“One of the great strengths of our Catholic schools is that they form part of a wider parish and faith community who support one another," says Bishop Fintan Gavin.
“It is not just a matter of re-opening the schools, it is putting in place the measures necessary to keep the schools open," says CPSMA general secretary Seamus Mulconry.
Jason Evert has reported that his message has been able to reach tens of thousands more people than he would have been able to reach with a few talks in Ireland.
While we acknowledge that points of difference obviously remain, the goal of restoring devolution remains within reach – Ireland’s church leaders.
"Catholic schools are most welcoming of people of different faiths. This is not a reason for maintaining patronage of most of the primary schools in the country, when more and more people want something else." – Archbishop Diarmuid Martin of Dublin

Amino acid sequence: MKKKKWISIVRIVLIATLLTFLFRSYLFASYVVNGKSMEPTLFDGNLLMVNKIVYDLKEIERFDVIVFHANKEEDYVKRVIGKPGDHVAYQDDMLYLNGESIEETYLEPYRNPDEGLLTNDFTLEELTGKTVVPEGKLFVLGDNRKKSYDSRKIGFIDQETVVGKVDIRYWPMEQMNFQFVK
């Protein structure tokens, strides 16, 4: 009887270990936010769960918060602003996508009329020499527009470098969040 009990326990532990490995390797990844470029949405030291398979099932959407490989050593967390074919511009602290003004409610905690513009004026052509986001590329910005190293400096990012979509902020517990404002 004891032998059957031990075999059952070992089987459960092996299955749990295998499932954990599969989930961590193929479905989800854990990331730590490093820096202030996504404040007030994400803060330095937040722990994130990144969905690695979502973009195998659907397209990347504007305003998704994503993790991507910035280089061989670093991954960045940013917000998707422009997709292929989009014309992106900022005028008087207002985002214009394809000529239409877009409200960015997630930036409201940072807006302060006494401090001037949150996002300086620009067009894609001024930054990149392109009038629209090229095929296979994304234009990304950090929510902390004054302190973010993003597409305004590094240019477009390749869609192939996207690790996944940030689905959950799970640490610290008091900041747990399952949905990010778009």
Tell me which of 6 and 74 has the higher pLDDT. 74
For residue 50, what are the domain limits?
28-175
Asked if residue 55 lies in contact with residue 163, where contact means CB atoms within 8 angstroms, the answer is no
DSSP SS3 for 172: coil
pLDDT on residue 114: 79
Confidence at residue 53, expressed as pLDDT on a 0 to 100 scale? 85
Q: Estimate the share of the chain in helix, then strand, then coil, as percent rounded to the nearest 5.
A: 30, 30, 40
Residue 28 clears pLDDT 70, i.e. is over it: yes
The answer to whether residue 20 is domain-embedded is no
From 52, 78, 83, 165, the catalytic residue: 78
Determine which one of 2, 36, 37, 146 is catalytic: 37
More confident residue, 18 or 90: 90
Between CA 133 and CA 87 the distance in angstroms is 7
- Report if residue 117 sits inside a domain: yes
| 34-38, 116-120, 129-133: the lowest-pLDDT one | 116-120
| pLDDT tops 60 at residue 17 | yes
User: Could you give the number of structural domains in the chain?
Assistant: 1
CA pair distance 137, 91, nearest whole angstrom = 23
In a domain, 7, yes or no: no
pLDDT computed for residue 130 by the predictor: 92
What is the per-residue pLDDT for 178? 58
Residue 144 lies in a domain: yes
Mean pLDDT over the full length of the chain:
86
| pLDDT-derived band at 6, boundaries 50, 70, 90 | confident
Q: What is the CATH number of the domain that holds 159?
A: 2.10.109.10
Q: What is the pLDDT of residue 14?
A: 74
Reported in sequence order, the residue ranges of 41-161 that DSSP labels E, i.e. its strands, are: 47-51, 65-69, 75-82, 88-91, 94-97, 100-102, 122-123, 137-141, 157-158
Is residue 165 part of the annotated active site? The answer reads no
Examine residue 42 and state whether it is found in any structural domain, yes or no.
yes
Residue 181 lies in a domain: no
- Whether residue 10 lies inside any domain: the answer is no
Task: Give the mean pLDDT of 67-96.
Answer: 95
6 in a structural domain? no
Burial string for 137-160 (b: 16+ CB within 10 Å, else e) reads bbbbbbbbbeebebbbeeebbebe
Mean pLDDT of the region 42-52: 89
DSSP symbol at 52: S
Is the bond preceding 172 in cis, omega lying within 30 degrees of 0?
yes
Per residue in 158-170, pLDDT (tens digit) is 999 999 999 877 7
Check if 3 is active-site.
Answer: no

Aid has delivered so many success stories. Unfortunately, the spread of conflicts and the worsening impacts of climate change are increasingly out-pacing those efforts.
By virtue of being Catholic our school system is already committed to genuine pluralism and inclusion, respectful of the beliefs of all parents and pupils.
In 1862, the first Mercy Sisters arrived in Rochfortbridge from Tullamore to set up their convent and now 154 years later the last three Sisters are leaving to join Mercy convents elsewhere around the country.
“From the beginning he was a teacher, and a very good one by all accounts. The word most often used by people was kind. Quiet in disposition and very discreet.”
Monumental achievement for a country that reported the highest number of deaths in the largest, longest and most complex outbreak of Ebola since it first emerged in 1976.
Parishes in Dublin are told that every effort should be made to ensure that their churches are not used for the dissemination of campaign literature from any source.